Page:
No shortage of work left to do in NOLA

This last spring break I had the incredible opportunity to travel down to my home state of Louisiana and the beautiful city of New Orleans for a service trip with eleven of my fellow Duhawks. Going into the 18 hour car drive down, part of me knew what we were walking into, but I had never helped try and fix any of it.

contributed by Haley Roberts Students, staff and faculty travel to New Orleans to serve the people and areas still being affected by New Orleans, even so many years later.

Hurricane Katrina happened over 12 years ago and New Orleans is still struggling to get back on its feet. Since the beginning, Loras has been going down to help in whatever way we can, and this is something I greatly admire about our beloved school. However, there is only so much we can do in a little less than a week. My experience there was wonderful in more ways than one. While it felt wonderful to be “home,” it also made me pretty sad that people were still struggling 12 years later.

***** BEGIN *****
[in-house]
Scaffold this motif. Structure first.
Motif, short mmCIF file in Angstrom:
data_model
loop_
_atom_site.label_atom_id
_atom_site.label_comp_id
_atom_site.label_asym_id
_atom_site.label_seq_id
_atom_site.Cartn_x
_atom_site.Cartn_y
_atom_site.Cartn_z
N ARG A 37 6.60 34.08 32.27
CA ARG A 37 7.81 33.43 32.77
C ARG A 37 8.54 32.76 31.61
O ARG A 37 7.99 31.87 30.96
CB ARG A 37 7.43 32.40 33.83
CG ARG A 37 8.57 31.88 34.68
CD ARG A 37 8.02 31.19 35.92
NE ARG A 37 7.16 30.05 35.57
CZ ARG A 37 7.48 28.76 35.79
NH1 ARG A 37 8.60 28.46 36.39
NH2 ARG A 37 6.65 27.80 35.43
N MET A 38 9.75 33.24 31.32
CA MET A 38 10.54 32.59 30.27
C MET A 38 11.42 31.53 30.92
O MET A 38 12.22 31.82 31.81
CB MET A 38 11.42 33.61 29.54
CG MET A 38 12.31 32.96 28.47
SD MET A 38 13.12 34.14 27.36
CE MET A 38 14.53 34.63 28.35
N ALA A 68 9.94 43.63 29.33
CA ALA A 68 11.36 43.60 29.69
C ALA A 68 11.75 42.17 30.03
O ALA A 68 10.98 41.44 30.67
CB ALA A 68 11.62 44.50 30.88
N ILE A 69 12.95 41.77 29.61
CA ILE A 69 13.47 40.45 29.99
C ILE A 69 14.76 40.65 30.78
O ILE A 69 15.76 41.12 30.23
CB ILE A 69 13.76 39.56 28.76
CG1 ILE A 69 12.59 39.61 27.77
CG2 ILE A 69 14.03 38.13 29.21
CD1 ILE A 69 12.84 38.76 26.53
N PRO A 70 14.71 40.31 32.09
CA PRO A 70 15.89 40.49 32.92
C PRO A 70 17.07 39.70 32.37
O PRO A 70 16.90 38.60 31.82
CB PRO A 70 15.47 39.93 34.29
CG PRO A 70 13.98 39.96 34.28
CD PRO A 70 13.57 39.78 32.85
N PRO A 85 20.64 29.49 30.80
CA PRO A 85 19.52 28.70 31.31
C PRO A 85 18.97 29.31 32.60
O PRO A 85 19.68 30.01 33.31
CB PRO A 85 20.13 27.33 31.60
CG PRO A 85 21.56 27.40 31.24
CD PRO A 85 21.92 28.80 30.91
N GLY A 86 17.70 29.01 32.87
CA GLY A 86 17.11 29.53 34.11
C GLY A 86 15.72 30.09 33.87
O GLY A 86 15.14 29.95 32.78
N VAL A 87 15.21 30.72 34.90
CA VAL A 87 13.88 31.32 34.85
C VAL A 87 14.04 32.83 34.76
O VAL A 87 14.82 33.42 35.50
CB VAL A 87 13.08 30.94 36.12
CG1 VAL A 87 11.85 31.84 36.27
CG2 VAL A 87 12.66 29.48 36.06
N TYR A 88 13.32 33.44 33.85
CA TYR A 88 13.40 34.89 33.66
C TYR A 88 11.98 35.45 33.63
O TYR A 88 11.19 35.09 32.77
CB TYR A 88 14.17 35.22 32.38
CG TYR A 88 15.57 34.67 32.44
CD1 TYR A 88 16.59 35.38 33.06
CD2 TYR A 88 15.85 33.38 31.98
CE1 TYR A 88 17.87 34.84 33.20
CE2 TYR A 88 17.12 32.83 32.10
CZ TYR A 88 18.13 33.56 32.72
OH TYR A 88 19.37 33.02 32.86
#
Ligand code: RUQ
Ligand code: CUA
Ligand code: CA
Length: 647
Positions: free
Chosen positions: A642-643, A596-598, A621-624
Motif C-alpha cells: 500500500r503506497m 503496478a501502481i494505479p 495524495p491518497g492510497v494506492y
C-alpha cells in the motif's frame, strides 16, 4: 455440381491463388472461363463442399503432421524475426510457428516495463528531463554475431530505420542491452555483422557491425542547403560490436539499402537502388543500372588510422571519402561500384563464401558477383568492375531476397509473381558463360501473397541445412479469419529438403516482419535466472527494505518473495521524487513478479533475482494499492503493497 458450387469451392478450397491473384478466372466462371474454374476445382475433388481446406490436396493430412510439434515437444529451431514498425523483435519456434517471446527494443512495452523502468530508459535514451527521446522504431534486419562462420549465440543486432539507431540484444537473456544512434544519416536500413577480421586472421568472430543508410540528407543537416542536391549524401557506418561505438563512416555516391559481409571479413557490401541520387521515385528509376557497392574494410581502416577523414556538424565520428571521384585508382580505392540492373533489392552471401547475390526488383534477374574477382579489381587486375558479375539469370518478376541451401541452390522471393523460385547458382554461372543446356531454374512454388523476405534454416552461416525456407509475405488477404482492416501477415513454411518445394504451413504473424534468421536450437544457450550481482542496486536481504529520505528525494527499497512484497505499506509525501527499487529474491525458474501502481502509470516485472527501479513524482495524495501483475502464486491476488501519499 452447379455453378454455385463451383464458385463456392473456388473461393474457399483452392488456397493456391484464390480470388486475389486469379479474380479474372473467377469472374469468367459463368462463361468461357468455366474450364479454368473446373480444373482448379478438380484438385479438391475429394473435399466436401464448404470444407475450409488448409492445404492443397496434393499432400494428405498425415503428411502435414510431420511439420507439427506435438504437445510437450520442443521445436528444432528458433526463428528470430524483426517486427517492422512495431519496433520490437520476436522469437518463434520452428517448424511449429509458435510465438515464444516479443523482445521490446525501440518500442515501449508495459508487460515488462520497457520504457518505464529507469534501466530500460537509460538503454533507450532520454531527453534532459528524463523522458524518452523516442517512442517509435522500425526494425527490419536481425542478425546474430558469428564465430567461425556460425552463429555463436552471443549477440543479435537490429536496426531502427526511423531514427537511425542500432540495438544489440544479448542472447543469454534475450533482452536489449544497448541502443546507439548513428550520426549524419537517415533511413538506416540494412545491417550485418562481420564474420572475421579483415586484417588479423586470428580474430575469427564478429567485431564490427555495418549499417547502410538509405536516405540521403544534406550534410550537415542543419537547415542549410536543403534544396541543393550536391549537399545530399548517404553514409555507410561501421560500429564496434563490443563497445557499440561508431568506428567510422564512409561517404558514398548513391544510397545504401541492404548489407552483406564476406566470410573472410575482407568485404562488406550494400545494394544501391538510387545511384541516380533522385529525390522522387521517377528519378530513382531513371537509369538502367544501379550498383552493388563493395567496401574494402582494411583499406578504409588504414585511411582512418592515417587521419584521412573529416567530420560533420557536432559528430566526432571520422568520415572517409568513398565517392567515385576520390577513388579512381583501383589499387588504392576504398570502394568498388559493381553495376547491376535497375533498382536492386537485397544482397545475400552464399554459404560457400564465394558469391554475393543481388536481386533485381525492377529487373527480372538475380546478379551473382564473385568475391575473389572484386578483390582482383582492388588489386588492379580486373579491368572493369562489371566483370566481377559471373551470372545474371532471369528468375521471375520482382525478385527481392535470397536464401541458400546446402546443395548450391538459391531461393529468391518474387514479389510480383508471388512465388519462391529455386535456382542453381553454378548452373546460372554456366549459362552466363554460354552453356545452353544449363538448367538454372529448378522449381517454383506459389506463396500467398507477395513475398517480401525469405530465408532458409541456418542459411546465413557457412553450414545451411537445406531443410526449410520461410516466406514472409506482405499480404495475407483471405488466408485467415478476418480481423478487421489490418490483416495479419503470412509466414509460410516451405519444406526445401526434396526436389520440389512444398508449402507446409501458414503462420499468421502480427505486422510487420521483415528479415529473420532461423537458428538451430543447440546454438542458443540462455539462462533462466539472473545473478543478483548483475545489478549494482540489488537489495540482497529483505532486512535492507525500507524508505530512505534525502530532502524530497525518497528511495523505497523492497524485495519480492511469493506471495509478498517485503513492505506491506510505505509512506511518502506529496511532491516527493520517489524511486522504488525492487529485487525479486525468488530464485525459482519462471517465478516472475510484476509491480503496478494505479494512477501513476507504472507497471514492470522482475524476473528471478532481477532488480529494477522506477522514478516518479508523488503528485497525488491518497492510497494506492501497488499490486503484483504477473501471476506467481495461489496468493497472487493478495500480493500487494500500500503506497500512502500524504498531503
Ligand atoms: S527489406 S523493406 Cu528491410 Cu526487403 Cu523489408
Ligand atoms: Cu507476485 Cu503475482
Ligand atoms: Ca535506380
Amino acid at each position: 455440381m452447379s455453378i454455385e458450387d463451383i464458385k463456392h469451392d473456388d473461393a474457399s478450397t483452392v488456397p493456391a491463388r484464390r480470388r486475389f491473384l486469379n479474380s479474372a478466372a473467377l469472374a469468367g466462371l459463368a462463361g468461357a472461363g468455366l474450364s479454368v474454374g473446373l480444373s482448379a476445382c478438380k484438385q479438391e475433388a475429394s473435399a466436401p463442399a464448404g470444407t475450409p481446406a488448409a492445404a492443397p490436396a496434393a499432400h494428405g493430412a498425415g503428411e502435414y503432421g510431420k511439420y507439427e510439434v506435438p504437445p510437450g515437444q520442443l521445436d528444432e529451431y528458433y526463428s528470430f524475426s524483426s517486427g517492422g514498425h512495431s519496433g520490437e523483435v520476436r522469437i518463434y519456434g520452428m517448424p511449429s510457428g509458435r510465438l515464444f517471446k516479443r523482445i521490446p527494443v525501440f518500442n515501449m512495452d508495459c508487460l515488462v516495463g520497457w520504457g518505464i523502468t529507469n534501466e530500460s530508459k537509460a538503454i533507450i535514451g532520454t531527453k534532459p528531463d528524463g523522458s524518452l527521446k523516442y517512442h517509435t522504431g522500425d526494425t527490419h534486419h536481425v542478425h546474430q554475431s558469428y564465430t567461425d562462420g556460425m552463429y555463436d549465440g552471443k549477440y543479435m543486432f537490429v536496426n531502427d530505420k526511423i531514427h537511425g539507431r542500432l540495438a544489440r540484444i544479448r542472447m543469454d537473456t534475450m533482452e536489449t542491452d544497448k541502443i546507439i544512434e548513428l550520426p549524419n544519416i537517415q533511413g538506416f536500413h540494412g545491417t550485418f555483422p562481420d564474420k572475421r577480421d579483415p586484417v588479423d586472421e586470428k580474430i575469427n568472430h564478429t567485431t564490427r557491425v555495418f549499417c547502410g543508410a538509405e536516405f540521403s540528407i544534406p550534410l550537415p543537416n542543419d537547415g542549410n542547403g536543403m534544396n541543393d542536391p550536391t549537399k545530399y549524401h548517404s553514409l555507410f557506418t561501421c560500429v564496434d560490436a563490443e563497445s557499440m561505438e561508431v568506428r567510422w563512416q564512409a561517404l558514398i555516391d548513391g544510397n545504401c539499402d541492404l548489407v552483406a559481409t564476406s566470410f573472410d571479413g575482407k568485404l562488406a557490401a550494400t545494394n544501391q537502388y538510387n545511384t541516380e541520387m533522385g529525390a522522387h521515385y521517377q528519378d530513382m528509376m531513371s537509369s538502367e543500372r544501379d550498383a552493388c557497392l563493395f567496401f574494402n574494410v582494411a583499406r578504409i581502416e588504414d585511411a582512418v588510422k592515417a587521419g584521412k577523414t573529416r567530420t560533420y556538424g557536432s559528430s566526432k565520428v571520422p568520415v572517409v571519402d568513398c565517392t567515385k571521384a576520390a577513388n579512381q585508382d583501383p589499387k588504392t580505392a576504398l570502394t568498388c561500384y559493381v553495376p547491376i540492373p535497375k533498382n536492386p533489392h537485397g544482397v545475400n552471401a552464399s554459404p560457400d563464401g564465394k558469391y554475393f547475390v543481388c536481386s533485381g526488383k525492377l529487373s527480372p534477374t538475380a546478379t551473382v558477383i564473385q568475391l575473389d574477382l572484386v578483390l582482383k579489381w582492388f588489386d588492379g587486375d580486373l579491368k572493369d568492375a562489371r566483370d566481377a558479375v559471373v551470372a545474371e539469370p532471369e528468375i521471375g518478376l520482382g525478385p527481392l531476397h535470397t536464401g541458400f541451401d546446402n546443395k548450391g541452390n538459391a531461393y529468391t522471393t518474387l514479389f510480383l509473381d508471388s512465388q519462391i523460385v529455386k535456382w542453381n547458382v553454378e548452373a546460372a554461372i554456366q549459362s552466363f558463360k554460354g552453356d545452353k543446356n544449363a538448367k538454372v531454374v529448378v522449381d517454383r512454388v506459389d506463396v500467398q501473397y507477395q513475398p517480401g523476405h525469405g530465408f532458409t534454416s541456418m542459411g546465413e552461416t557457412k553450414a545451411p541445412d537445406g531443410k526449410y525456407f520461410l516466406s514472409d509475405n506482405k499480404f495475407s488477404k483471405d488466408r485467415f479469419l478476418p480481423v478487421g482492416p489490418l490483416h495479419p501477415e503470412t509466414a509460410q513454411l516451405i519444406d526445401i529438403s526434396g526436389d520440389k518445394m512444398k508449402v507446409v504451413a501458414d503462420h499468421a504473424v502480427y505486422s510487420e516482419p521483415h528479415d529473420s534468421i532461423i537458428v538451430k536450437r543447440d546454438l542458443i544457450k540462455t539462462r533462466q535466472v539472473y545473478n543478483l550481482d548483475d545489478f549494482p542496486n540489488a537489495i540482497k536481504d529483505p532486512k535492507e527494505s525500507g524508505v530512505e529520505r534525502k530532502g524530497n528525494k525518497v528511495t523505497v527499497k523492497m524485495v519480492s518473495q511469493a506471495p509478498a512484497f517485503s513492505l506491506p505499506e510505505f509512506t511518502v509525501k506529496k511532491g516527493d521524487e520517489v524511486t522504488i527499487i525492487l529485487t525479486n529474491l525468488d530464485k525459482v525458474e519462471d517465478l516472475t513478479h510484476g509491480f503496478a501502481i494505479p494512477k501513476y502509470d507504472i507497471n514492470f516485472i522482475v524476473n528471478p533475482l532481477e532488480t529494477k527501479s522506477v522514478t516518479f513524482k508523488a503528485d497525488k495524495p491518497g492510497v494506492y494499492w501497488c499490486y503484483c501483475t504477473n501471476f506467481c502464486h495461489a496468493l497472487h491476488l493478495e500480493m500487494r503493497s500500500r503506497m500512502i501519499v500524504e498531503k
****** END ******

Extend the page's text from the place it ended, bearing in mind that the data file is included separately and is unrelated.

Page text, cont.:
The Sunday before we began any work we all attended Mass together ,and during the homily something was said that stuck with us the rest of the trip: “Will you wash your hands of this?” Very quickly that homily became our theme for the rest of the week. Over the next four days we worked on a few house projects, painting one house, working on mudding and drywall in another, and priming in the last. At first the work didn’t seem like that big of a deal, but as the days progressed and the more stories we heard, we began to realize that it mattered so much to the individuals that asked for our help.

We worked hard throughout the week and even finished a project, however, when Friday rolled around none of us were ready to leave. I remember during our last group meeting some of us were in tears because we wanted to stay and continue our work, but we were reminded of our ongoing theme that week, “Will you wash your hands of this?” We all said that we would continue to work and serve others and that we would not “wash our hands of this.”

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